Olympus OM-D E-M5 Hands-On Review - We give our first impressions on the new Olympus OM-D E-M5 with updated sample photos and more. The E-M5 is the latest Micro Four Thirds camera and has an impressive specification.
Previously we posted our hands-on preview, and sample photos from the Olympus OM-D E-M5, and we've been able to spend some time taking photos with the camera and testing it to its limits under a variety of conditions. Here we post our hands-on first impressions review of the Olympus OM-D E-M5. We tested a nearly final pre-production version of the camera, running a beta version of the firmware and although the image quality is said not to be final, the camera operated and performed extremely well without any cause for concern. Read our full Olympus OM-D E-M5 Review here.
Olympus OM and Olympus OM-D with OM to M43 adapter.
The Olympus OM-D E-M5 is the beginning of a new line of cameras from Olympus, with it being the Digital version of the OM series, however, as you can see in the photo above, when compared to one of the original Olympus OM film cameras, the OM-10, the digital version is much smaller, even when using an OM lens and adapter. When we asked for the reason behind the new name, we were simply told it's a mystery, although Olympus did say they are often keen to avoid any confusion by having a name similar to other camera manufacturers, unlike some!
Olympus OM-D E-M5
Olympus OM-D E-M5 Features
Olympus OM-D E-M5 Sensor
This is the first Micro Four Thirds camera from Olympus with a built in viewfinder, previously if you wanted a viewfinder, you would either need to buy an optional electronic viewfinder from Olympus, or look at the Panasonic Lumix G series of cameras. The viewfinder features 1.44 million pixels, eye-detection, and dioptre correction.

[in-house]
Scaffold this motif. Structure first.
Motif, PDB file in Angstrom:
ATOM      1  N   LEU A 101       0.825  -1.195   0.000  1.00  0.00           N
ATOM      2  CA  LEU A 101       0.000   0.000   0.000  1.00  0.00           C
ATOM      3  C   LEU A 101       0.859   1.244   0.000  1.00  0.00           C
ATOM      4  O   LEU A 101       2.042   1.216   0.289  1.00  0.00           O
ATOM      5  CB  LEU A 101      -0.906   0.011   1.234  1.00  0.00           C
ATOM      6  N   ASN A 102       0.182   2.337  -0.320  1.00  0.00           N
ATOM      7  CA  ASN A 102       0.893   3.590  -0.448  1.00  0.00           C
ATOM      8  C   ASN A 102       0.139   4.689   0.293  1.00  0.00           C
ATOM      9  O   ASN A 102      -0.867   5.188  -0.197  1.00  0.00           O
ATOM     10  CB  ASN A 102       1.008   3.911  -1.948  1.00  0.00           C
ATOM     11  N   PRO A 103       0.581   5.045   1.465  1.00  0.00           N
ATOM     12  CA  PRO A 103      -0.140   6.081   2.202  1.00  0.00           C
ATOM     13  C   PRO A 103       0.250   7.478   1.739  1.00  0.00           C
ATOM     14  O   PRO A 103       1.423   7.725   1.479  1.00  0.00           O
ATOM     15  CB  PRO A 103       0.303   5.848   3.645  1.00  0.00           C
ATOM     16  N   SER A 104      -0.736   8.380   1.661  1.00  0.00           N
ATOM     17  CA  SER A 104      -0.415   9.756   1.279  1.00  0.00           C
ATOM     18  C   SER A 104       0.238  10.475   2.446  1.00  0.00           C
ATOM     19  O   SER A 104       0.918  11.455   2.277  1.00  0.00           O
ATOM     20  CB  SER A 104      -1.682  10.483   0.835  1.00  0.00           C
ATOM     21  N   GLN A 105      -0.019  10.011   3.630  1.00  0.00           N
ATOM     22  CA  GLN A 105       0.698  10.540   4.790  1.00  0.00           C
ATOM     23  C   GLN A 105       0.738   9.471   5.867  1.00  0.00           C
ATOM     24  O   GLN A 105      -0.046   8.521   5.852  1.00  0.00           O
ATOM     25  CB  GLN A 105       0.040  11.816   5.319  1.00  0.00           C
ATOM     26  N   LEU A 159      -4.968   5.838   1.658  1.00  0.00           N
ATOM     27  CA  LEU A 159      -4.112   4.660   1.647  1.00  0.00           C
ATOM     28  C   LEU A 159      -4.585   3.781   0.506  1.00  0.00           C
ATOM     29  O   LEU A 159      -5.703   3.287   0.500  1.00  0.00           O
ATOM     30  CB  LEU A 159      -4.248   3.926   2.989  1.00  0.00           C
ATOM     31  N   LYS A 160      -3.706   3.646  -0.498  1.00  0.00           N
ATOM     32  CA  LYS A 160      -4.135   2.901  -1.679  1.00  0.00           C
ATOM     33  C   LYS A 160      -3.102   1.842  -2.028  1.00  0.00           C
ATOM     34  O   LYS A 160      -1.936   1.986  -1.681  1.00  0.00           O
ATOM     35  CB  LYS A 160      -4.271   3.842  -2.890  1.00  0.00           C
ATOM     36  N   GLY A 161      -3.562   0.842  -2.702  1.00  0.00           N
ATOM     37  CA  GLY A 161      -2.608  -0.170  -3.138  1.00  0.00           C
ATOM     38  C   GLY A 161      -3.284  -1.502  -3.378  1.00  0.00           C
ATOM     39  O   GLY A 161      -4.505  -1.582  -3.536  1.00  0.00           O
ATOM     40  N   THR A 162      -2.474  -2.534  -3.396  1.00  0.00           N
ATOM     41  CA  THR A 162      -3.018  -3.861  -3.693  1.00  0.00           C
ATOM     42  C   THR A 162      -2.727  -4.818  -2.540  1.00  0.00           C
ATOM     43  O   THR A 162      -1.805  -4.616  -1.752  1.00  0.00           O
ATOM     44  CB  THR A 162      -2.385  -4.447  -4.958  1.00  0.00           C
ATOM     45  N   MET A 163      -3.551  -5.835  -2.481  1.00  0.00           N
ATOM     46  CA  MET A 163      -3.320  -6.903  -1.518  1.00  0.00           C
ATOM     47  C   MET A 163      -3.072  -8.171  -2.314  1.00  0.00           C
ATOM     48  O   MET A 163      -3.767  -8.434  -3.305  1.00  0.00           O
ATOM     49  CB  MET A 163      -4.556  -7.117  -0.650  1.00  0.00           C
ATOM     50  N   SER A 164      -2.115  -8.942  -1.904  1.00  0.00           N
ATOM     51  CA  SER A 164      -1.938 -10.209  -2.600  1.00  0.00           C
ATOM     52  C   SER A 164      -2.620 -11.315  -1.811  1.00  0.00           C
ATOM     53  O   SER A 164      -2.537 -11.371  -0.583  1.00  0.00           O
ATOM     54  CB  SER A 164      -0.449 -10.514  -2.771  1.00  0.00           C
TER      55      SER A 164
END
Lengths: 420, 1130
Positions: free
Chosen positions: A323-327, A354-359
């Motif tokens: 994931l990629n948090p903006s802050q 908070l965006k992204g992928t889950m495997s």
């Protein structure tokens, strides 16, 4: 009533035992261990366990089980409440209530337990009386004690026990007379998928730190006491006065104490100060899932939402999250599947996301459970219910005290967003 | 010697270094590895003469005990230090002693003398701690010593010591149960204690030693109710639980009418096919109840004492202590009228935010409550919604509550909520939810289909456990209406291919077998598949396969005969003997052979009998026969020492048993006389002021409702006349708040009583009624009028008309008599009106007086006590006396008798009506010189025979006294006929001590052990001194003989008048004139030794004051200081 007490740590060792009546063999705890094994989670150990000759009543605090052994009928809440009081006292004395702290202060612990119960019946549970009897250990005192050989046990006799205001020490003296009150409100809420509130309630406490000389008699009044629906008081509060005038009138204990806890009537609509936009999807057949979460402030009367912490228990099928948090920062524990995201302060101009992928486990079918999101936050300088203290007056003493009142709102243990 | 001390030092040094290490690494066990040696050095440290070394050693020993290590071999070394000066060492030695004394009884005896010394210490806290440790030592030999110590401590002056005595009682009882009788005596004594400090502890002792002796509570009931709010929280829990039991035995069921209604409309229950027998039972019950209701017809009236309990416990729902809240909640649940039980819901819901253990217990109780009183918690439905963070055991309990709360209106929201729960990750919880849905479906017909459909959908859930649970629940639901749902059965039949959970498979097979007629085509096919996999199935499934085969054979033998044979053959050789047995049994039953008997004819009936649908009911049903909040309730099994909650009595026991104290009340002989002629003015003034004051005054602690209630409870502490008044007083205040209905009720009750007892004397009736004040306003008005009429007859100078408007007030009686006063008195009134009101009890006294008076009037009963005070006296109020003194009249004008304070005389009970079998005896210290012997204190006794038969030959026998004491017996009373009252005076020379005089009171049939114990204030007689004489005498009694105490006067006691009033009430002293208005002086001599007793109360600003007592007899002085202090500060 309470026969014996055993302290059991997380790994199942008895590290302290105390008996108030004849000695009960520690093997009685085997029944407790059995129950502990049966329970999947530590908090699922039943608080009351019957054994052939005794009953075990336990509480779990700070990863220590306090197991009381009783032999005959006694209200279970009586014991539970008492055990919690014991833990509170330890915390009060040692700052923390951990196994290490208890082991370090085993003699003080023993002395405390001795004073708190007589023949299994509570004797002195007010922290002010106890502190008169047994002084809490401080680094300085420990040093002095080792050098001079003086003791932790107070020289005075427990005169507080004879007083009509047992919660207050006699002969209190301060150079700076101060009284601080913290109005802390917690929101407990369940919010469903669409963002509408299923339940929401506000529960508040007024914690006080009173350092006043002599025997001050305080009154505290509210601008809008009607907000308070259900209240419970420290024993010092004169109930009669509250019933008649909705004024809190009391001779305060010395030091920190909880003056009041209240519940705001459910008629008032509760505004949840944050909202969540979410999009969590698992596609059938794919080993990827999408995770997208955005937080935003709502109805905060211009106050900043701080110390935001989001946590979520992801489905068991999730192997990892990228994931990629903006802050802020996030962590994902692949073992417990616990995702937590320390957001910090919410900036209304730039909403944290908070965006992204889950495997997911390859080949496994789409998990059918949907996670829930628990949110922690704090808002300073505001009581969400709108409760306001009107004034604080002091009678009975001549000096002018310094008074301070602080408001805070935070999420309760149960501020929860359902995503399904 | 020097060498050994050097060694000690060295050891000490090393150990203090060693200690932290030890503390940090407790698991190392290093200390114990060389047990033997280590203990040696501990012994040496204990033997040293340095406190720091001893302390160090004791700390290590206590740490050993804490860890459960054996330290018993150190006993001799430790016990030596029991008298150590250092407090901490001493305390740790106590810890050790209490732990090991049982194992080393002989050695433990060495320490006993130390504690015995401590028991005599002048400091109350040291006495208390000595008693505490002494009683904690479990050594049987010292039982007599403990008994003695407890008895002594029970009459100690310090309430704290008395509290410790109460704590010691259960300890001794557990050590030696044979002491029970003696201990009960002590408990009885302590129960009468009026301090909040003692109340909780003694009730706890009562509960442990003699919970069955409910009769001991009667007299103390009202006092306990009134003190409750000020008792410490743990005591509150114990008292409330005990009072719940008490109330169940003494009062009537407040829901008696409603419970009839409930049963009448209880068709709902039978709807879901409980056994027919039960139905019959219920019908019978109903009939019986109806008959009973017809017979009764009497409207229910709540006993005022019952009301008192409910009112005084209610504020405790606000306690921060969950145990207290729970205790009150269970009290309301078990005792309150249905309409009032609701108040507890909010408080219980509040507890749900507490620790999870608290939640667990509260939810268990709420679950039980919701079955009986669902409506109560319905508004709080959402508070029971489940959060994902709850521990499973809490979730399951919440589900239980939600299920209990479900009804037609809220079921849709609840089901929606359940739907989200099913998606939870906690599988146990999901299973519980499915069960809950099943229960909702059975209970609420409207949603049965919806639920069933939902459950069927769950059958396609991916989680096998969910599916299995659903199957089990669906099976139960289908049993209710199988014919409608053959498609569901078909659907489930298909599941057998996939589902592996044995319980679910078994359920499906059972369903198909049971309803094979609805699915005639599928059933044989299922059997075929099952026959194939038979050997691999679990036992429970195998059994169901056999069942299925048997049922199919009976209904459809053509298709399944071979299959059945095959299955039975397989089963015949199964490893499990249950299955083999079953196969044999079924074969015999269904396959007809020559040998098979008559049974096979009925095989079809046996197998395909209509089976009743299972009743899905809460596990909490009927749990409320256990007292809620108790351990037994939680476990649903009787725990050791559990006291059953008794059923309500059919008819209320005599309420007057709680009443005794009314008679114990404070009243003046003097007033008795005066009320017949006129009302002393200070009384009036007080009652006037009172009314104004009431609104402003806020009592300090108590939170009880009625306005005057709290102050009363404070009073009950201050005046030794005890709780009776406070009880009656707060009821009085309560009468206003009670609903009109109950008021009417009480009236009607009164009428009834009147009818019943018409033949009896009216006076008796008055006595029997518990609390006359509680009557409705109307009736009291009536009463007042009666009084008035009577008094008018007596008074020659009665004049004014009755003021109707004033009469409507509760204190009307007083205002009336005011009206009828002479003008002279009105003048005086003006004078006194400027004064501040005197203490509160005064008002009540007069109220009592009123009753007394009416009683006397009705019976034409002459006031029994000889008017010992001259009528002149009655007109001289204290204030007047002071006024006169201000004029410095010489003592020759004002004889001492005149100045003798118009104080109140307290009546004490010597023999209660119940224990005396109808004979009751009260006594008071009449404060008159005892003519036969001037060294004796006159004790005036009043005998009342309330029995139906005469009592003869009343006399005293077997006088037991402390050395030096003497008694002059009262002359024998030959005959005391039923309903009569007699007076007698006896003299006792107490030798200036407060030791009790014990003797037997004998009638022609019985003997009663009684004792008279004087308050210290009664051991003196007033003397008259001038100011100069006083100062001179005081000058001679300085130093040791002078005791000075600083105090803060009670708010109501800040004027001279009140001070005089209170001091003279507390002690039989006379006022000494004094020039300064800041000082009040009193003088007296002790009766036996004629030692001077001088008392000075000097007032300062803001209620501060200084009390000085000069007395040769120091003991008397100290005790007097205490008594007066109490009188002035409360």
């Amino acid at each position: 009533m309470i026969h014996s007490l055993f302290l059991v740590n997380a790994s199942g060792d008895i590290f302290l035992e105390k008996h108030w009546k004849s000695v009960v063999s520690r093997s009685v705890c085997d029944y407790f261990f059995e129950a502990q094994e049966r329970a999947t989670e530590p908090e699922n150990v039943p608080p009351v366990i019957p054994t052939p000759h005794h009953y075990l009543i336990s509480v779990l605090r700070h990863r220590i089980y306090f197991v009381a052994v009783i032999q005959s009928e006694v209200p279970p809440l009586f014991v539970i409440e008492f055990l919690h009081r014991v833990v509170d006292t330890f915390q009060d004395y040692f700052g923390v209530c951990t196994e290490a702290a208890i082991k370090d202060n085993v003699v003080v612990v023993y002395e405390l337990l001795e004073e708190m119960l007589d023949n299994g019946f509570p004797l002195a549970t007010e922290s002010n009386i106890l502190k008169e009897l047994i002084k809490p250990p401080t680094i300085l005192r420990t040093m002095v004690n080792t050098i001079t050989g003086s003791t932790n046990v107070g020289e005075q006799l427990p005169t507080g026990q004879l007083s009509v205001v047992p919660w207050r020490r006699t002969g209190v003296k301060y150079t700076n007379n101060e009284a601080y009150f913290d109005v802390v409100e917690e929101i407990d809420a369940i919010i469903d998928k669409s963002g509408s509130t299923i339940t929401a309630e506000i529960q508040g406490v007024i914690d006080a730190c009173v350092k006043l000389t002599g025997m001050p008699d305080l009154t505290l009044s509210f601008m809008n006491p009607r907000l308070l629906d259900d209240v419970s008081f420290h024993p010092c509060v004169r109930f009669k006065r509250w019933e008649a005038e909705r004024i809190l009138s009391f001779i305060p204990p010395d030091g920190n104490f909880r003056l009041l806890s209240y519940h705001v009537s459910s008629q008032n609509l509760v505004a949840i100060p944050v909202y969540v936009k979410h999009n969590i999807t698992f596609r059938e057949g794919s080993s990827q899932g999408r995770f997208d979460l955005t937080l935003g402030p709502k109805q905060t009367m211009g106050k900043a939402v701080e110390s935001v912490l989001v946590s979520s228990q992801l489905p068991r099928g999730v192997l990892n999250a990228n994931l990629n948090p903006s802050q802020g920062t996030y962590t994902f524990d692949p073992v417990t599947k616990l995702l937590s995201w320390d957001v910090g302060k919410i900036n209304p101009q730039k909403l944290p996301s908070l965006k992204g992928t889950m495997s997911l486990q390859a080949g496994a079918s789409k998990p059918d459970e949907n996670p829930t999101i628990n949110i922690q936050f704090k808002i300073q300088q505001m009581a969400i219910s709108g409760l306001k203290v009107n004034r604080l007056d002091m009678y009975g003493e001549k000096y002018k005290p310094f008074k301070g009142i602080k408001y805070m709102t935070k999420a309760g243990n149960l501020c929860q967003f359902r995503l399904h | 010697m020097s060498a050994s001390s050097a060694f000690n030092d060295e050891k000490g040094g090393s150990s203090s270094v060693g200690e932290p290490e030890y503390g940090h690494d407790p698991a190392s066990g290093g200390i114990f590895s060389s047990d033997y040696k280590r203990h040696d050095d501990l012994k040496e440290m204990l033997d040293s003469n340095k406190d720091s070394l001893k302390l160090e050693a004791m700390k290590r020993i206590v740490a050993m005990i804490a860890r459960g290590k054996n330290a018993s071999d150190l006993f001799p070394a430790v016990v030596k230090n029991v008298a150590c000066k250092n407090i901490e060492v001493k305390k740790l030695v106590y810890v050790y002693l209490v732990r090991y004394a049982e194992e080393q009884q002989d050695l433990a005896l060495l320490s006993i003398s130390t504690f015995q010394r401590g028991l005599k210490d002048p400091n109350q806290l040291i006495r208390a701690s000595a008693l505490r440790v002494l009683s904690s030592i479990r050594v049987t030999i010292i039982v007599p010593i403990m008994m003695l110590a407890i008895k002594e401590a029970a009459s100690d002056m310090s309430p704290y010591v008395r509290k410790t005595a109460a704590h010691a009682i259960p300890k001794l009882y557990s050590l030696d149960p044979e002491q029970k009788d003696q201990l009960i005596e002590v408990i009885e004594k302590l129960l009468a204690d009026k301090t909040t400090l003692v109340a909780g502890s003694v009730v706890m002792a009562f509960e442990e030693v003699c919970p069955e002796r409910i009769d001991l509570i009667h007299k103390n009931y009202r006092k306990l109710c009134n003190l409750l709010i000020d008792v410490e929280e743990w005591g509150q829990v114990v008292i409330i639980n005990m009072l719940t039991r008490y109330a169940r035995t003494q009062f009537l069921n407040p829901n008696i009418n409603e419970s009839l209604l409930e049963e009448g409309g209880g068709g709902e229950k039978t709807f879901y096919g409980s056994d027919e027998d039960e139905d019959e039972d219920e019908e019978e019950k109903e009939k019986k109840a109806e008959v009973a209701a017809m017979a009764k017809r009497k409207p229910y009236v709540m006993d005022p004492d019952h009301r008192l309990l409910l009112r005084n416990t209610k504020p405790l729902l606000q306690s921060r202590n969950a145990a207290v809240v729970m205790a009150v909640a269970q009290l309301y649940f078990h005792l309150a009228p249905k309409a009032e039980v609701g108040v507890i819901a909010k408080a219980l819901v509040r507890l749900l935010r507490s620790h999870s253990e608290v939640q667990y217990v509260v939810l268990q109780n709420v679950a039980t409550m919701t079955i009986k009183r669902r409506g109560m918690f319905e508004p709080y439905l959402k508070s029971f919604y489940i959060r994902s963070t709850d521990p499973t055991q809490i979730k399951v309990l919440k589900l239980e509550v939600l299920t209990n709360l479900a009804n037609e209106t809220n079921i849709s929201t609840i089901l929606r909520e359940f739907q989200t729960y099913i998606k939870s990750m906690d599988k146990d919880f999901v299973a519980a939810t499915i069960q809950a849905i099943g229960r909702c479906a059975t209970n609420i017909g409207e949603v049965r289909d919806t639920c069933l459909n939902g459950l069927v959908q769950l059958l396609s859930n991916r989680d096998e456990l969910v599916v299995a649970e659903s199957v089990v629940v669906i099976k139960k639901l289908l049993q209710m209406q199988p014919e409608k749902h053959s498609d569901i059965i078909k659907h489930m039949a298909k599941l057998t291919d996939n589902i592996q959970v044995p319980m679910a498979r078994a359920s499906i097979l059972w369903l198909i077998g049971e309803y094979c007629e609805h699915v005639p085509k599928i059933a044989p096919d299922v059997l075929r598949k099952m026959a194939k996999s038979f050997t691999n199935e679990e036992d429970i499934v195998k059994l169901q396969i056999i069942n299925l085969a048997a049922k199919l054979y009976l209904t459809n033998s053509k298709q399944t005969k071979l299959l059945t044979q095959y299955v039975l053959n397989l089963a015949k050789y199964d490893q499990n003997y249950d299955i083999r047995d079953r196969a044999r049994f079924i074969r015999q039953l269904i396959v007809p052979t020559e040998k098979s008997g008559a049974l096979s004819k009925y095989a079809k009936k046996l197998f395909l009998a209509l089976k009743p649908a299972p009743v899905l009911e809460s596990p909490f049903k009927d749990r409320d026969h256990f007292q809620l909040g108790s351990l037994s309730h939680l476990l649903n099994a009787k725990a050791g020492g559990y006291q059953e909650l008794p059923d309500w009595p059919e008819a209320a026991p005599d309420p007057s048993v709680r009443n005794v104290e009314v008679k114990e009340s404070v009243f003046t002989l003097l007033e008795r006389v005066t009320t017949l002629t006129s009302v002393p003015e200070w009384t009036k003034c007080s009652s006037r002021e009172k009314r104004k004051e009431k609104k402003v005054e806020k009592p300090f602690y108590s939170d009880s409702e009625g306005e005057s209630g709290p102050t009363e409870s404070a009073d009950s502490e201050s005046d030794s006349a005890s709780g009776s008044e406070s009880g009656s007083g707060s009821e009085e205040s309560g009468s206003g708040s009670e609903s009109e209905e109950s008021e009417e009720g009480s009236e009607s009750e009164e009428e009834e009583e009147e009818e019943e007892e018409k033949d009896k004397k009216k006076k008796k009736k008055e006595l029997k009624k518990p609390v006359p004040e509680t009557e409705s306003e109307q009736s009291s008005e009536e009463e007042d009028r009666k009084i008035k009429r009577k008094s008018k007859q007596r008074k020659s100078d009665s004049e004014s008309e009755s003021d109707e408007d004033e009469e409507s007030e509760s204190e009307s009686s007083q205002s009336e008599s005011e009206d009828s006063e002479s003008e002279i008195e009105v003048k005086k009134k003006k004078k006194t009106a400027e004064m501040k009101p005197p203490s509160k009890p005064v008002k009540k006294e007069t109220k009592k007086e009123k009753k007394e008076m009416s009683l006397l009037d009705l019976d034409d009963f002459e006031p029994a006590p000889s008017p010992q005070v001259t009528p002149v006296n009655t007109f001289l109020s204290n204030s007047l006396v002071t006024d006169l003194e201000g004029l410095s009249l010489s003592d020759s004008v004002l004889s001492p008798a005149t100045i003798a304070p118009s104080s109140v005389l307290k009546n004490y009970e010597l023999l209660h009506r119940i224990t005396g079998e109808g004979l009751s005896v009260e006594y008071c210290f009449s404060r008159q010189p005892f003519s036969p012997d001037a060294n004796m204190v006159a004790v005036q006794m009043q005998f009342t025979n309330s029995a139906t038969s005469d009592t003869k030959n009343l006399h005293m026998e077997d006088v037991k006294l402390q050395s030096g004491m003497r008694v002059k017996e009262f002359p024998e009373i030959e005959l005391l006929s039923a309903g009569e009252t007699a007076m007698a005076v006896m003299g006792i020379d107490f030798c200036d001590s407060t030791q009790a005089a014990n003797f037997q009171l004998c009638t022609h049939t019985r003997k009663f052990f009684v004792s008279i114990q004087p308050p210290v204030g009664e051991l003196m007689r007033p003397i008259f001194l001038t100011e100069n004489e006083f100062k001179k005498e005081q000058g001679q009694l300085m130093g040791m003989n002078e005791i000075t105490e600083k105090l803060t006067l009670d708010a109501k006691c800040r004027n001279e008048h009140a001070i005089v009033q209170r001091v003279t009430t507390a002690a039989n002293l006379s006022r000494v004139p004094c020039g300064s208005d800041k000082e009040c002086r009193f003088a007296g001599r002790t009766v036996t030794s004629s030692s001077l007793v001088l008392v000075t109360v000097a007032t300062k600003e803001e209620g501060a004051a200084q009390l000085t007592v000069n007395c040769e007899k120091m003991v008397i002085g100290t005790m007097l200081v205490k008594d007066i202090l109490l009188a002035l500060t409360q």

Olympus OM-D E-M5 Rear Screen
Video features are updated to include additional features previously unseen on Olympus Micro Four Thirds cameras such as microphone level adjustment (three levels) and wind noise reduction.
Olympus OM-D E-M5 Top Front
16.1mp Live MOS CMOS sensor
EVF 1.44million with eye-detection, dioptre adjustment, vignetting correction
3inch OLED tilting capacitive touch-screen 610k dots (equivalent to VGA)
World’s fastest*2 FAST AF auto-focusing system plus 3D tracking
Handling - The mode dial is on the left and the camera has front and rear dials on the top, plus top function and video buttons. It feels more compact than the Olympus PEN E-P3, but is larger than the E-PL3. There is a large rear thumb grip and a textured leather effect front grip that covers the camera across the front, as well as side access to the SD memory card - this is weather sealed. The buttons are quite chunky making it possible to use the camera in cold weather when wearing gloves even though the buttons are quite small the amount they protrude from the camera helps.